virus: Hypocrisy

Tadeusz Niwinski (
Sun, 26 May 1996 21:12:23 -0700

"But following sexual mores makes you behave in the interest of *everyone
else's* DNA, not your own. So the optimal selfish-gene strategy, before
people became conscious and had the possibility of a life about something
other than spreading their DNA, was to participate in spreading mores, but
to secretly ignore them whenever an opportunity arose to mate counter to
them. That is the evolutionary explanation for hypocrisy."
From: Richard Brodie, "Virus of the Mind"

If a person who preaches "adultery is bad and wrong!" secretly says "it's OK
if I do it, because I do not call it adultery..." then this person is a

Nathaniel Branden in his book "The Six Pillars of Self-Esteem" explains how
parents can influence their childrens' future successes in life. The
chapter's title is "Nurturing a Child's Self-Esteem"; the sublitle "Urgent
Issues". The very first item: "When you were a child, did your parents'
manner of behaving and of dealing with you give you the impression that you
were living in a world that was rational, predictable, intelligible? Or a
world that was contradictory, bewildering, unknowable? In your home, did
you have the sense the evident facts were acknowledged and respected or
avoided and denied?

A belief in a rational world increases self-esteem and chances for success,
as people like Bill Gates and his close friends must know very well. The
optimal selfish-meme strategy is to participate in spreading beliefs in an
"unknowable" world, but to secretly ignore them. This way more people with
lower self-esteem will follow them and work for them (longer hours). Those
people are easier to control. They can be told what they *should do* and
what a "principled life" is.


When David McFadzean wrote:

>At 02:19 AM 17/05/96 -0400, Bill Godby wrote:
>>Again a fundamental aspect of
>>postmodernism is that is denies that there is *truth* rather there are=
>>truths, thus the relativism. It's the response to logical positivism. It
>Deron Stewart mentioned in a recent message that there is an implicit
>Virian belief in one objective truth that is true for all people. I think
>that is true (for all people :-). The claim that truth is subjective is
>self-inconsistent. Either that proposition is an objective truth (which
>obviously makes it false) or it is a subjective truth. If it is subjective
>then it implies that someone else can truthfully claim that truth is
>objective, which again makes the original claim false. This seems to imply
>that there is indeed a way that things are: an objective truth. prompted me to say:

"I am glad you've mentioned that. Many people believe that: because we are
not able to find the exact truth, there is no Absolute Truth. I would like
to challenge Richard on that. On p. 216 of "Virus of the Mind" he says:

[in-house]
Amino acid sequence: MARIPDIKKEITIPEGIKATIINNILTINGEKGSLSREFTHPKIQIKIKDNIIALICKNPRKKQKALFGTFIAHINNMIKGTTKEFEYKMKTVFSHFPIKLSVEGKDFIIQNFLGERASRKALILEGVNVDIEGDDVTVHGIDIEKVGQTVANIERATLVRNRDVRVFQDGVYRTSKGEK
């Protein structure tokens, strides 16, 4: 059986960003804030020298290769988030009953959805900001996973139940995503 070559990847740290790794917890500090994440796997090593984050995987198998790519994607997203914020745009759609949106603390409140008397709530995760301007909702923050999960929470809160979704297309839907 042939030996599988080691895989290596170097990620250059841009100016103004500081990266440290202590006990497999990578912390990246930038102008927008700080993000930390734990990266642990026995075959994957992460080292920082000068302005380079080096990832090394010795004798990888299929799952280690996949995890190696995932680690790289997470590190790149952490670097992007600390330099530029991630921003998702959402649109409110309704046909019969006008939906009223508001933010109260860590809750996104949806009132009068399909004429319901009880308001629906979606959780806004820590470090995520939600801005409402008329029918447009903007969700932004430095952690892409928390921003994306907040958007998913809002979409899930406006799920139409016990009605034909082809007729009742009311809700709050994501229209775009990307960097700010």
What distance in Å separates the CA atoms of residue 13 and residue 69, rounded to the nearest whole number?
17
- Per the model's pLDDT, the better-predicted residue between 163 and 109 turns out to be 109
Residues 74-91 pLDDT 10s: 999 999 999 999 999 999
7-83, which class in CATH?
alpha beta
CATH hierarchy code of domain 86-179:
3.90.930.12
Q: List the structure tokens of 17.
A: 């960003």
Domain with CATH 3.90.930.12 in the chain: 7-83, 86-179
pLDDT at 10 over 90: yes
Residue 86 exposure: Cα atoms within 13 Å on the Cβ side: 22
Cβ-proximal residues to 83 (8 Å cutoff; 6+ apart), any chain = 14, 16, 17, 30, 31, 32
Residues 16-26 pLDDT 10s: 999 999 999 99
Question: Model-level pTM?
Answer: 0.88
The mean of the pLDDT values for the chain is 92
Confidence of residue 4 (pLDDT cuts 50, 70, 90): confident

"the more you understand your memetic programming, the less anything in life
looks like the Absolute Truth". His NFL example is more about choosing not
to be too *accurate* for practical purposes, but it does not convince me
that there is no Absolute Truth."

and to start the whole exciting thread renamed to "Absolute Truth". I am
sure a lot of misunderstanding comes from a different definition we have for
"Absolute Truth". Richard's NFL example:

"They decided that stopping the game and interrupting the fans' enjoyment
wasn't worth the additional truth they got from the process. They saw the
tradeoff between enjoying life and knowing the truth and decided in favor of

...clearly explains what he means by "Absolute Truth". It is the objective
reality or David's elephant which exists outside of our minds. This is a
belief in a rational, predictable world. From the example that sometimes it
is not good to be too accurate (I agree with that) Richard somehow jumps to
a conclusion that the "Absolute Truth" does not exist and brings Hitler to
it (followed by Bill's Yugoslavia) -- a perfect push-button technique.

It's been a very stimulating discussion and I can see the selfish-meme
hypocrisy more clear now.

Richard ridicules me instead of answering my question about what he means by
"principled life". In fact he believes there are "best memes" or "most
useful memes". Obviously he believes in "the truth" (see the NFL quote
above). What are "the most useful memes" Richard suggests we program
ourselves with? How do we find them? No answer...

To me we can either believe that the world is "rational, predictable,
intelligible" or that the world is "contradictory, bewildering, unknowable".
Whatever we name it the second belief is being spread by "cultural
relativists" (as I believe Richard Dawkins calls them). Apparently some --
otherwise wise men -- spread it too. A clear example of MEMETICAL=